Andy Warhol Car Crash Paintings and Ralph Nader's "Unsafe At Any Speed"

We found ourselves in a conversation today with a neighbor discussing an upcoming exhibition about Andy Warhol and cars. The neighbor suggested that Andy Warhol's Car Crash Paintings came as the result of being recruited by Ralph Nader to help visualize his message about the lack of safety features in cars in the mid 1960's, and that Warhol's series of paintings coincided with the publication of Nader's book Unsafe At Any Speed in 1965. It sounded like an interesting idea, getting the hot artist of the day to create fine art to help promote civilian safety. Scroll down, and let's take a look at this theory a little more-closely ...

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Cover from Ralph Nader's 1965 book "Unsafe At Any Speed," below left; below right is Andy Warhol's "5 deaths," 1963.

Ralph Nader book and Andy Warhol painting

In researching this historical suggestion, however, we have not found any authoritative data linking Warhol to Nader in this campaign. First and foremost, Warhol's Car Crash paintings were actually part of a series of paintings called The Death and Disaster Series, created in 1962 and 1963. Ralph Nader wrote his book two years later. It is not known whether Nader was aware of Warhol's paintings, but there is no indication via research that Warhol was directed by Nader to make these paintings.

(If there are any art historians out there who can contradict this assumption and provide data showing a connection, we'd love to see it!)

Another item to note is that The Death and Disaster Series was not just about car crashes (and therefore the lack of safety features in cars), but also included images of airplane crashes, the electric chair, atomic bombs, race riots, and even tuna fish cans, after Warhol saw a news item about the death of two people from food poisoning after eating contaminated tins of tuna. The painting by Warhol below left, titled Green Car Crash from 1963, shows Warhol's method of repeating the image over and over again, and then coloring the whole canvas with a bright color, which helps to reduce the brutality of the images. Warhol's "Electric Chair," 1963, is shown below right; both are from The Death and Disaster Series.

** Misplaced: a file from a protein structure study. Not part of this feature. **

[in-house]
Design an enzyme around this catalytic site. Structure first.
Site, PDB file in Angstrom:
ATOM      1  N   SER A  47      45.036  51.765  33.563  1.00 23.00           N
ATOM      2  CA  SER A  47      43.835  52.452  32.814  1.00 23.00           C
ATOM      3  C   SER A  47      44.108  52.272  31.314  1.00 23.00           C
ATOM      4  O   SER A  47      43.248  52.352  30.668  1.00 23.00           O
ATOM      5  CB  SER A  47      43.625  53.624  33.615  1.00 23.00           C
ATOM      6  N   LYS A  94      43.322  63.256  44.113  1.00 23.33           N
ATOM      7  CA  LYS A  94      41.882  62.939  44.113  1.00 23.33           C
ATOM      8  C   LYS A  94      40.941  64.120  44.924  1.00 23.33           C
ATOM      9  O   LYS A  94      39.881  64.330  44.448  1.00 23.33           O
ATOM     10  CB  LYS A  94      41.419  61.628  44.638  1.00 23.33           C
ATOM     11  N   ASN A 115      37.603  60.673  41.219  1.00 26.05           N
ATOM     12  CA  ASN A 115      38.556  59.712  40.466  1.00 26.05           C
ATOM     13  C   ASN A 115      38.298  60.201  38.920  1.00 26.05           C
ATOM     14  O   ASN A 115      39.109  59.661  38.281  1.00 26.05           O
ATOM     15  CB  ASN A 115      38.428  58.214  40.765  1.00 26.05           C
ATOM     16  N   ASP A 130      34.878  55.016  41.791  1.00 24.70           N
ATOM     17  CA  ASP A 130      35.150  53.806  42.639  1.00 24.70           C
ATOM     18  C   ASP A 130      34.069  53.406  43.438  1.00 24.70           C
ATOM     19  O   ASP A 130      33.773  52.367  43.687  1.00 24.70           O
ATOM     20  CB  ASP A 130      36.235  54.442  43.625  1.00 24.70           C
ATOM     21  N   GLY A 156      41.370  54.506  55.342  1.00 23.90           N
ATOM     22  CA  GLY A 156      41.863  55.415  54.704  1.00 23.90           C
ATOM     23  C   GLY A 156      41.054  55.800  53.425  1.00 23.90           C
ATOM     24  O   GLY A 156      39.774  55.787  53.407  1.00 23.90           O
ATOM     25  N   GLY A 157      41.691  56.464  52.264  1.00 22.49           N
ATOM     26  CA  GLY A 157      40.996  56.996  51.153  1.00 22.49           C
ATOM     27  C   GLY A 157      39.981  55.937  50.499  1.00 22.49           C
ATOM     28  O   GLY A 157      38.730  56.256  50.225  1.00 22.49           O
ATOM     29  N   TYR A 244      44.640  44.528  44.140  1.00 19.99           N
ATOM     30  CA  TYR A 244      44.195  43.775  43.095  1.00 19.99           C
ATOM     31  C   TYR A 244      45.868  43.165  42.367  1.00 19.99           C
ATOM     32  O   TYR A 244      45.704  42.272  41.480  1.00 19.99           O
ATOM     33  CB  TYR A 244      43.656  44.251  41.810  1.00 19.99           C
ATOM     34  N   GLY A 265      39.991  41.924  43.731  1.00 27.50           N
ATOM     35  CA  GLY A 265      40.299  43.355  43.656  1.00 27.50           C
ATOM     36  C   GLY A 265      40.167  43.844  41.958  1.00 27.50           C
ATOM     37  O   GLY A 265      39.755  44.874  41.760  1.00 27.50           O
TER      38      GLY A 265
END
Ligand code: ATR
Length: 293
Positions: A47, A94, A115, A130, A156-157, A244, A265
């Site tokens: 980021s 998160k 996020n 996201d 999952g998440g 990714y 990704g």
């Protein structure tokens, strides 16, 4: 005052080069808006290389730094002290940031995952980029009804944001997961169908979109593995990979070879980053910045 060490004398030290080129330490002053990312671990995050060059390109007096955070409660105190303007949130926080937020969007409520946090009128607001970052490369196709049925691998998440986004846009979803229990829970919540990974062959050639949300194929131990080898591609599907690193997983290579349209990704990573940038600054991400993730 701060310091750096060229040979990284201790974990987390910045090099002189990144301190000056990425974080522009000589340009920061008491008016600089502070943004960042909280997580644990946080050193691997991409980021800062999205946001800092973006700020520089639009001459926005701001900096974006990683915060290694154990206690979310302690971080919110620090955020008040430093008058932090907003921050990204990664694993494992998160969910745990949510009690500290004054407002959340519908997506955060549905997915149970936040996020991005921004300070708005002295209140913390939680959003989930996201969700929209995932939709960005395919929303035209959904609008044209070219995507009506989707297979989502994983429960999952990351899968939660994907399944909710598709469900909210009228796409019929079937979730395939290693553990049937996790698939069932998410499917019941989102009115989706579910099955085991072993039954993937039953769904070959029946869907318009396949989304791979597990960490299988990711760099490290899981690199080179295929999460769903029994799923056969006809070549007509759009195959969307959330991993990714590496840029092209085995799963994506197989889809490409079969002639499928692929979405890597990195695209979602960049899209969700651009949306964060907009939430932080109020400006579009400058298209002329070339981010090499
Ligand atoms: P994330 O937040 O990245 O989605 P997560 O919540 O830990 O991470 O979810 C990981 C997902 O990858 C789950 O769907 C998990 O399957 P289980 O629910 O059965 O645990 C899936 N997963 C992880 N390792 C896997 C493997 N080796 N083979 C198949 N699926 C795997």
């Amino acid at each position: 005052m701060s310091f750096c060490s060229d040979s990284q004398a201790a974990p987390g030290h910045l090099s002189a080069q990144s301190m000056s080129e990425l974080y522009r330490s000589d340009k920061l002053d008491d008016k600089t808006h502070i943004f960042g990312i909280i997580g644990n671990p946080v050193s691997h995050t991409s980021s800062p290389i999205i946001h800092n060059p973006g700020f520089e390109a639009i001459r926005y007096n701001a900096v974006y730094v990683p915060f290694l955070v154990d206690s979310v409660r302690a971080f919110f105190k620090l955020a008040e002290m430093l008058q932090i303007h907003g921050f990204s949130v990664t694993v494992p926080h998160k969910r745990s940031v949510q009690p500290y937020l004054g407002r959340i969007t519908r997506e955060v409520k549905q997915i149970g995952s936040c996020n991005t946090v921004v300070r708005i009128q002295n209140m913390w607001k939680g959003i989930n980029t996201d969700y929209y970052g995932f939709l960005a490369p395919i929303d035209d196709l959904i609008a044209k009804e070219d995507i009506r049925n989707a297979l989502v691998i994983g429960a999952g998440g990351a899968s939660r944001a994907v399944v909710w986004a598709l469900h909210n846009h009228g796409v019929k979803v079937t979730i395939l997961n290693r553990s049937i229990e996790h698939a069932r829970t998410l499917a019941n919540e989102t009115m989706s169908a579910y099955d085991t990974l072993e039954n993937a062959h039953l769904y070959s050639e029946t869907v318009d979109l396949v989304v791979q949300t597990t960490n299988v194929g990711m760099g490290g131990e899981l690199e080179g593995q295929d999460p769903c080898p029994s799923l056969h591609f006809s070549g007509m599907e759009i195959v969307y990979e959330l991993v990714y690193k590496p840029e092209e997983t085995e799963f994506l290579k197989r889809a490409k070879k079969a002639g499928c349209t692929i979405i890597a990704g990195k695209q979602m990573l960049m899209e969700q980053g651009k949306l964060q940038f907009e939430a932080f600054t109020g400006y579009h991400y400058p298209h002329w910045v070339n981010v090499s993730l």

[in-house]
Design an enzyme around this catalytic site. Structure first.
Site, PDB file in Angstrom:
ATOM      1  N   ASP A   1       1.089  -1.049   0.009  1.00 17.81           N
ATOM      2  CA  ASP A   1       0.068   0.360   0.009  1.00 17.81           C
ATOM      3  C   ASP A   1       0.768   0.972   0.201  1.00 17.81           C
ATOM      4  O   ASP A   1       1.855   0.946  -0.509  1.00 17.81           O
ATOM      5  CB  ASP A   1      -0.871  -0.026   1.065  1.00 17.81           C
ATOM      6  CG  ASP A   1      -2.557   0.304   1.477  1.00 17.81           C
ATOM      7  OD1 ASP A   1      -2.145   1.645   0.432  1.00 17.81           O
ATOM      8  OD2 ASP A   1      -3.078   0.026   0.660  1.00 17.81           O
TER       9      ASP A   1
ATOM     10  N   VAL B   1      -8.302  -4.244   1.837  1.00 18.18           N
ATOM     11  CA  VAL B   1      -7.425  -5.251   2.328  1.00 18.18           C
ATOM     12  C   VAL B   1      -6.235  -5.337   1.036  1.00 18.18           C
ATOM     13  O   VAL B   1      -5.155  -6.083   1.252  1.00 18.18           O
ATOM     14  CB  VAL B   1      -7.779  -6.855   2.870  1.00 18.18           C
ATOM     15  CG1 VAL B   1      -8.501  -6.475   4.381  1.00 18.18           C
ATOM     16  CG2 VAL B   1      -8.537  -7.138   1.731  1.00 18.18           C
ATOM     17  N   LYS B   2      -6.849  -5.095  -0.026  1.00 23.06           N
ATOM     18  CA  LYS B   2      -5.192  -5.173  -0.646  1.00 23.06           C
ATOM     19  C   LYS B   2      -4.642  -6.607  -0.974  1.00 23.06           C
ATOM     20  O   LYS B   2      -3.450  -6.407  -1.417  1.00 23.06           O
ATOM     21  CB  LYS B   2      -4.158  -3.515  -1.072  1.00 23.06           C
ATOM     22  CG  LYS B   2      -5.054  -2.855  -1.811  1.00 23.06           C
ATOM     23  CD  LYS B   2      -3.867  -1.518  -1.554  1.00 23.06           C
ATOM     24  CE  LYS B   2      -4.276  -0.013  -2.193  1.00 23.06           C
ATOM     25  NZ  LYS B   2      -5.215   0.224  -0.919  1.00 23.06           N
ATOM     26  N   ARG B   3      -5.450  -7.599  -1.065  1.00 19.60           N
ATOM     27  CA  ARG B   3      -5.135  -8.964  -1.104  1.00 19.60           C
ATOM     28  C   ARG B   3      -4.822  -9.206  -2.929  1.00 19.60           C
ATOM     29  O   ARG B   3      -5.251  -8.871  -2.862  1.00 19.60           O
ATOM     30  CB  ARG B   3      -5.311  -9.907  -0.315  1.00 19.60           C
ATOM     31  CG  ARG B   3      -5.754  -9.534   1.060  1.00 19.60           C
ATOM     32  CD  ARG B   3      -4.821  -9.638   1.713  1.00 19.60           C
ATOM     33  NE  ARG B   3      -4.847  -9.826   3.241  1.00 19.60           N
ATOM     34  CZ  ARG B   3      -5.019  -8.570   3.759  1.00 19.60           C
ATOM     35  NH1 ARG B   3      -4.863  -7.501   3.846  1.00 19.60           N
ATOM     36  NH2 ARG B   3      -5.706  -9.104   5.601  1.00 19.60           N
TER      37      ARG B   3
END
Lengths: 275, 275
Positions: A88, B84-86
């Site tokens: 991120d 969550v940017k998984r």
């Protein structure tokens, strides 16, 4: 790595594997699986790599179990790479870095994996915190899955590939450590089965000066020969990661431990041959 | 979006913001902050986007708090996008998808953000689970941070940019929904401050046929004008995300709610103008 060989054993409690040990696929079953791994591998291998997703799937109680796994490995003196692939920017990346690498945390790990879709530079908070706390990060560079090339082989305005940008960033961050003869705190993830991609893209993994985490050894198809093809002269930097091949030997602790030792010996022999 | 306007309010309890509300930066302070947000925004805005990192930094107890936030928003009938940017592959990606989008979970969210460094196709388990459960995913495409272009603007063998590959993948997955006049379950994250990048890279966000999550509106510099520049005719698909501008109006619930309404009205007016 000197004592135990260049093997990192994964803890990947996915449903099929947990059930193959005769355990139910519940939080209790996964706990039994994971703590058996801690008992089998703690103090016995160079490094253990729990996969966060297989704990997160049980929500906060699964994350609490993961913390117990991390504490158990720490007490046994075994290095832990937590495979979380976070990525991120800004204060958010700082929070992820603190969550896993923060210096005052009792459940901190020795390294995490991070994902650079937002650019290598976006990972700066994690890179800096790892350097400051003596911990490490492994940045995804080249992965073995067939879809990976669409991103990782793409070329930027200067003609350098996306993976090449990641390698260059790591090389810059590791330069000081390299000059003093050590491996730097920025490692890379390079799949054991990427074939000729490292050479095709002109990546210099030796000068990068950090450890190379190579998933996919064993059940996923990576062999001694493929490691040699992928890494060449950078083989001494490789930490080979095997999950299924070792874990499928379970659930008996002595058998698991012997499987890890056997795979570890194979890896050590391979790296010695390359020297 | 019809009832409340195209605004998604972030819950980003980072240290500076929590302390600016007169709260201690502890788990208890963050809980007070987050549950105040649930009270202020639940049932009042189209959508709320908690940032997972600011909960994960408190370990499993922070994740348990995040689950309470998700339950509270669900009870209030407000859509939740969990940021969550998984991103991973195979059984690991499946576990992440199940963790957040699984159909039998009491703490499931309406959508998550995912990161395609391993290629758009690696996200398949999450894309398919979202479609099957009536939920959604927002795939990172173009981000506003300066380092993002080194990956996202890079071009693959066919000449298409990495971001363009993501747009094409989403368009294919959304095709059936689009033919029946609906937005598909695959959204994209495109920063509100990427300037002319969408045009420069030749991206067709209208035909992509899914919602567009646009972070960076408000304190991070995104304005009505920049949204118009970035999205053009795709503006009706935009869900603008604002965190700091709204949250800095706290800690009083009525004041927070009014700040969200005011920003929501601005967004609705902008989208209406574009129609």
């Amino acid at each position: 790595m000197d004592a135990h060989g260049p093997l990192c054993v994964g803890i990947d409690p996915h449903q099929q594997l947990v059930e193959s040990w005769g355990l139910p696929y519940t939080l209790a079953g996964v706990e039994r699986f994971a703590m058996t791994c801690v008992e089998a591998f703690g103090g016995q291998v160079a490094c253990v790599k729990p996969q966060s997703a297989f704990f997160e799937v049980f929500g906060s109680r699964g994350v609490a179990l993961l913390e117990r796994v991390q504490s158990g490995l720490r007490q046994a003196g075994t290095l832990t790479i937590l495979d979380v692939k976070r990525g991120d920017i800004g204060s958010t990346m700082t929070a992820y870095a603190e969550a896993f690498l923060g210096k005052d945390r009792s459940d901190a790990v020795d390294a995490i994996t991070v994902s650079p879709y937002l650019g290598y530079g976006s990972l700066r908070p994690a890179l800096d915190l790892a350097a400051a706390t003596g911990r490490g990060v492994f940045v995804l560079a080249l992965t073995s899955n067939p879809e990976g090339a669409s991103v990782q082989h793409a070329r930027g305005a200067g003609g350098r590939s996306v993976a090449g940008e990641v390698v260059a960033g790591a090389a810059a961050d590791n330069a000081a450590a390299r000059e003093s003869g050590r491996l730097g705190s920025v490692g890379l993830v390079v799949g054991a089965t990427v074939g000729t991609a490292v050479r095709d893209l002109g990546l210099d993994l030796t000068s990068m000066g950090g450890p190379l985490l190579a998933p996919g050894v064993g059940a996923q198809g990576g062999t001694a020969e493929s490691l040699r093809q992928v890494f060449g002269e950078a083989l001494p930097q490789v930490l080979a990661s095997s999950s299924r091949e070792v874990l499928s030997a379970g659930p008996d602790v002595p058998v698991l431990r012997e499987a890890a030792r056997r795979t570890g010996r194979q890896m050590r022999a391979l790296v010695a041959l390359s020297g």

images from Andy Warhol's Death and Disaster Series: car crash and electric chair

Part of Warhol's idea with the multiple-image paintings was described in an Art News interview where he said: "But when you see a gruesome picture over and over again, it really doesn't have any effect." So with these paintings, Warhol is commenting on how the daily repetition of pictures of death and destruction that he was seeing in the newspaper and on tv was numbing the public to the true horror of the various situations. You can see how Warhol is using repetitive imagery in these additional Car Crash and Electric Chair paintings shown below from the "Death and Disaster Series."

car crash and electric chair images from Andy Warhol's Death and Disaster Series

Ralph Nader, however, wanted the public to shake off this numbness and make them aware of the fact that these gruesome accidents could be avoided with better automobile safety features. In that sense, Warhol's paintings may not have been good accompaniments to his argument since they were attempts to strip the context of the accident away from the image itself. One of the points of Nadar's book was that car manufacturers were avoiding common sense safety features, such as seat belts, and their general reluctance to spend money on improving safety overall. It may seem hard to believe in this day of seat belt laws that they were not even standard issue in cars until the late 1950's!

It's funny that this all started with a brief conversation with a neighbor; the way he told the story of Nader and Warhol working together sounded so convincing ... I guess it goes to show that one shouldn't believe everything you hear!

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